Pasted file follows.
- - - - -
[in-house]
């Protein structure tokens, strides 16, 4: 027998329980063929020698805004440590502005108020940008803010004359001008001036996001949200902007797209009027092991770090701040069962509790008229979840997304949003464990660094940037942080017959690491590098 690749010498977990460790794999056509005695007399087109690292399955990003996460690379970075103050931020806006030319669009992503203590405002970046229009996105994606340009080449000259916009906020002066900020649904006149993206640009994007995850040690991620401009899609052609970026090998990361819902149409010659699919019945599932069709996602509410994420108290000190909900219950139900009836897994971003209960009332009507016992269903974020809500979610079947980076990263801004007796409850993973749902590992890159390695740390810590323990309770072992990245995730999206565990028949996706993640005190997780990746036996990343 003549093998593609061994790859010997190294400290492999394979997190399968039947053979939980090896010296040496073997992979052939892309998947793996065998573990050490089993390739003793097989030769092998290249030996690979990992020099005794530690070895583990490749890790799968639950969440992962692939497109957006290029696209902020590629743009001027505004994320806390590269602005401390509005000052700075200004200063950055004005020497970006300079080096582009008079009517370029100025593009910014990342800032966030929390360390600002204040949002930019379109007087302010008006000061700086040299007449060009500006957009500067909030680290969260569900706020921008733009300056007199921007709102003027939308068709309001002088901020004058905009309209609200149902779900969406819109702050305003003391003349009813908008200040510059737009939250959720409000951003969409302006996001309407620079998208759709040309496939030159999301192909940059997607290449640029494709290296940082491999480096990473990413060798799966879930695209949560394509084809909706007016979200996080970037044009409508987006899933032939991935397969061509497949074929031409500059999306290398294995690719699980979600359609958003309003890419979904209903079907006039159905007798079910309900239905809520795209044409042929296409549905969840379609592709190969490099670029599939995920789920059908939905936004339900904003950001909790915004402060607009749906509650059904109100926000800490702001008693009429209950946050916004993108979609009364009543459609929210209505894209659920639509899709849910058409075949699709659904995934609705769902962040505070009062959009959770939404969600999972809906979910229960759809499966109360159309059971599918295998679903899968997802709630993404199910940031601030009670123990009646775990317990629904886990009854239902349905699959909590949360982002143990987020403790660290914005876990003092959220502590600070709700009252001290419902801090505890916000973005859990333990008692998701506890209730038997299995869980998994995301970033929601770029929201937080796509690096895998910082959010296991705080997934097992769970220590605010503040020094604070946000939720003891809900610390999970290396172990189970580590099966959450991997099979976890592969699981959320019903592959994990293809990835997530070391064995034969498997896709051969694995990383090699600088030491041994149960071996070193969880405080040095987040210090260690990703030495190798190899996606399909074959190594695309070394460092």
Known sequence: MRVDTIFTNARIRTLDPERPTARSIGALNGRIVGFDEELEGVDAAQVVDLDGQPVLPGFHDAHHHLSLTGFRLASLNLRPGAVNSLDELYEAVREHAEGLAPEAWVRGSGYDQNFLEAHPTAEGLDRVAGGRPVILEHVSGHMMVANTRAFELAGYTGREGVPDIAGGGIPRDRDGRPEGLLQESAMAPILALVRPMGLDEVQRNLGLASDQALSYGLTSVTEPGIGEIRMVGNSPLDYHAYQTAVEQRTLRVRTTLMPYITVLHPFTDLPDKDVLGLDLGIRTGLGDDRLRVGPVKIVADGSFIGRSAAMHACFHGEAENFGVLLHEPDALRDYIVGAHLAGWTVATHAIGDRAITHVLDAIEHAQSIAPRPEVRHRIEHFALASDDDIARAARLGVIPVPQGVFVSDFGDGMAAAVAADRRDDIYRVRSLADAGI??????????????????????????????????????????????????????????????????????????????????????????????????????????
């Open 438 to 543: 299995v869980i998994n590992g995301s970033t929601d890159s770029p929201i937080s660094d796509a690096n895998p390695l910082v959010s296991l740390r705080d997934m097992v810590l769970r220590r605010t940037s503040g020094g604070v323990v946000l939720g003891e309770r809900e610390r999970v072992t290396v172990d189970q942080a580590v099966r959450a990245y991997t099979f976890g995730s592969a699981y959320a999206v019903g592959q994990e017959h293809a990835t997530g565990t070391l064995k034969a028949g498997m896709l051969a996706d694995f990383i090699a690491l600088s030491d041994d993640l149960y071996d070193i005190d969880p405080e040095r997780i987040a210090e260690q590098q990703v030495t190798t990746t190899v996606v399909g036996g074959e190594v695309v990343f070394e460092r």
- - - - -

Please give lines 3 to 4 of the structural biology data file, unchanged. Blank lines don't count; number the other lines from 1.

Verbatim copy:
Known sequence: MRVDTIFTNARIRTLDPERPTARSIGALNGRIVGFDEELEGVDAAQVVDLDGQPVLPGFHDAHHHLSLTGFRLASLNLRPGAVNSLDELYEAVREHAEGLAPEAWVRGSGYDQNFLEAHPTAEGLDRVAGGRPVILEHVSGHMMVANTRAFELAGYTGREGVPDIAGGGIPRDRDGRPEGLLQESAMAPILALVRPMGLDEVQRNLGLASDQALSYGLTSVTEPGIGEIRMVGNSPLDYHAYQTAVEQRTLRVRTTLMPYITVLHPFTDLPDKDVLGLDLGIRTGLGDDRLRVGPVKIVADGSFIGRSAAMHACFHGEAENFGVLLHEPDALRDYIVGAHLAGWTVATHAIGDRAITHVLDAIEHAQSIAPRPEVRHRIEHFALASDDDIARAARLGVIPVPQGVFVSDFGDGMAAAVAADRRDDIYRVRSLADAGI??????????????????????????????????????????????????????????????????????????????????????????????????????????
């Open 438 to 543: 299995v869980i998994n590992g995301s970033t929601d890159s770029p929201i937080s660094d796509a690096n895998p390695l910082v959010s296991l740390r705080d997934m097992v810590l769970r220590r605010t940037s503040g020094g604070v323990v946000l939720g003891e309770r809900e610390r999970v072992t290396v172990d189970q942080a580590v099966r959450a990245y991997t099979f976890g995730s592969a699981y959320a999206v019903g592959q994990e017959h293809a990835t997530g565990t070391l064995k034969a028949g498997m896709l051969a996706d694995f990383i090699a690491l600088s030491d041994d993640l149960y071996d070193i005190d969880p405080e040095r997780i987040a210090e260690q590098q990703v030495t190798t990746t190899v996606v399909g036996g074959e190594v695309v990343f070394e460092r």